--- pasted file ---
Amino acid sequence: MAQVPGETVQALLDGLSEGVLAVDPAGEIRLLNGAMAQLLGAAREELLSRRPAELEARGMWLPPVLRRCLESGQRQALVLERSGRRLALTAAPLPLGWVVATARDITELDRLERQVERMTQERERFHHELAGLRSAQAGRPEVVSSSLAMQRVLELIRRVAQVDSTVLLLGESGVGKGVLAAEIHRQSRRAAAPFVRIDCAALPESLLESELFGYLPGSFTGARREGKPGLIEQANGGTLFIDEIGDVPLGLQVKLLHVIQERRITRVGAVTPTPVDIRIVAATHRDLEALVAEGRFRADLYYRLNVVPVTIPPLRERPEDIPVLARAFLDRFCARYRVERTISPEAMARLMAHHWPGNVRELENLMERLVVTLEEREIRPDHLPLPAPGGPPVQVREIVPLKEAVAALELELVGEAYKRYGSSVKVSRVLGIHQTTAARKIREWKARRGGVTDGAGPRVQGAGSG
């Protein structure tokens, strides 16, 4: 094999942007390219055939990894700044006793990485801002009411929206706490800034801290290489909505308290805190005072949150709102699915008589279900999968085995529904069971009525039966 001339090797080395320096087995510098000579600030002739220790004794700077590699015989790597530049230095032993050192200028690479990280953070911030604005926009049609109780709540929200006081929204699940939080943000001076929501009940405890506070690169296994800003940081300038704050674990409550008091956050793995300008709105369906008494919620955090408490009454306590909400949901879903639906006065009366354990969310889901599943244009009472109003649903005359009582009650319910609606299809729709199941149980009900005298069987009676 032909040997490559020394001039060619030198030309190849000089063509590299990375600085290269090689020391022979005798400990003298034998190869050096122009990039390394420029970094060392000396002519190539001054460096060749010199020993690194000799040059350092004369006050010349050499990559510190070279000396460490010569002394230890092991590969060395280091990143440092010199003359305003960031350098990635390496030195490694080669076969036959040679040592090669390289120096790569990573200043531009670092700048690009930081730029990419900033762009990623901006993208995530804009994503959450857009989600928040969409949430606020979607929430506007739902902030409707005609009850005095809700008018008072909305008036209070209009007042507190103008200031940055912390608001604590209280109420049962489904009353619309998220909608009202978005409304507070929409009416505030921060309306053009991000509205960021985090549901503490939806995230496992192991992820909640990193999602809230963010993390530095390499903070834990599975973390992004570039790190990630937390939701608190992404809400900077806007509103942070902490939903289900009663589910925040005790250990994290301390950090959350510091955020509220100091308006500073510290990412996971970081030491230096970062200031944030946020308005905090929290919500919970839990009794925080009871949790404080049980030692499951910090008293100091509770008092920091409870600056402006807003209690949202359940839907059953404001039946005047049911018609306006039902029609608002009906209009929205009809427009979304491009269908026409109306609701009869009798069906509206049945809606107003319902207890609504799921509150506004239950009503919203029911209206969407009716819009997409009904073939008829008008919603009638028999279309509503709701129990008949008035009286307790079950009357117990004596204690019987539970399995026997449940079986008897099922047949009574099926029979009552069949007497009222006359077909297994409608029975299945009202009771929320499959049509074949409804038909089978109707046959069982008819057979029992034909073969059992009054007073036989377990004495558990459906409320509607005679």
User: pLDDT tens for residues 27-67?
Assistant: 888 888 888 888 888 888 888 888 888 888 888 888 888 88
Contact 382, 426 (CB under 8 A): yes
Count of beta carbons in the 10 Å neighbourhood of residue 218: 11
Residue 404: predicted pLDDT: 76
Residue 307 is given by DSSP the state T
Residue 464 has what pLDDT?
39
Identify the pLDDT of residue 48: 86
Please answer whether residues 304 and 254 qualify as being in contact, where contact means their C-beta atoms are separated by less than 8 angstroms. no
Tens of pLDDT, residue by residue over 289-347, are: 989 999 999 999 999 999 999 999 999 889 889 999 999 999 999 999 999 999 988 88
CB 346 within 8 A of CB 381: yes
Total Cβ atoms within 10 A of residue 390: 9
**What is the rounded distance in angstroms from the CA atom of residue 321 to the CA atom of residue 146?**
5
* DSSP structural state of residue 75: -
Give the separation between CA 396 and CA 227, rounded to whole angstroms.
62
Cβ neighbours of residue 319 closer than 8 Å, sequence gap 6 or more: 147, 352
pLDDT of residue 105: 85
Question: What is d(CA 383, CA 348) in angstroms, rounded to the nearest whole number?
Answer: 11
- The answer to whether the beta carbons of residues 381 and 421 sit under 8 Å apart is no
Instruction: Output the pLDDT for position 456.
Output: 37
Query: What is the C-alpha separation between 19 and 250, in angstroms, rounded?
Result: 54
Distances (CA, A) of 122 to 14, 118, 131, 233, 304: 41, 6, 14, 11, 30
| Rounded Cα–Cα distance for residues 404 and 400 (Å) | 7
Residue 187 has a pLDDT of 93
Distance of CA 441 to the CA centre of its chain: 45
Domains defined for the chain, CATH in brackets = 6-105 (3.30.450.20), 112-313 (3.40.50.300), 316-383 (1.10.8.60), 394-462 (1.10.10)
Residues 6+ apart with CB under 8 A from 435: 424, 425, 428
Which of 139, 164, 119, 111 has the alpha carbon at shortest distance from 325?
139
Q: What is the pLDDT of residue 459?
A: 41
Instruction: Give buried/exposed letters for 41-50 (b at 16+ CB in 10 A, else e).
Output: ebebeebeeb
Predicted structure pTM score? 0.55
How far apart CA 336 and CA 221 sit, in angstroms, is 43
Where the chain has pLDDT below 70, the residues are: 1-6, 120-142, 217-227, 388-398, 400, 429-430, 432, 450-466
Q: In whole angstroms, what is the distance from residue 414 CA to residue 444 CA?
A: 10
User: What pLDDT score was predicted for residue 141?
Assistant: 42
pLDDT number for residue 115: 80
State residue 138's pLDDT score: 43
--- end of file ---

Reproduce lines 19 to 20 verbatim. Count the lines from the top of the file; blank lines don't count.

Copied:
Give the separation between CA 396 and CA 227, rounded to whole angstroms.
62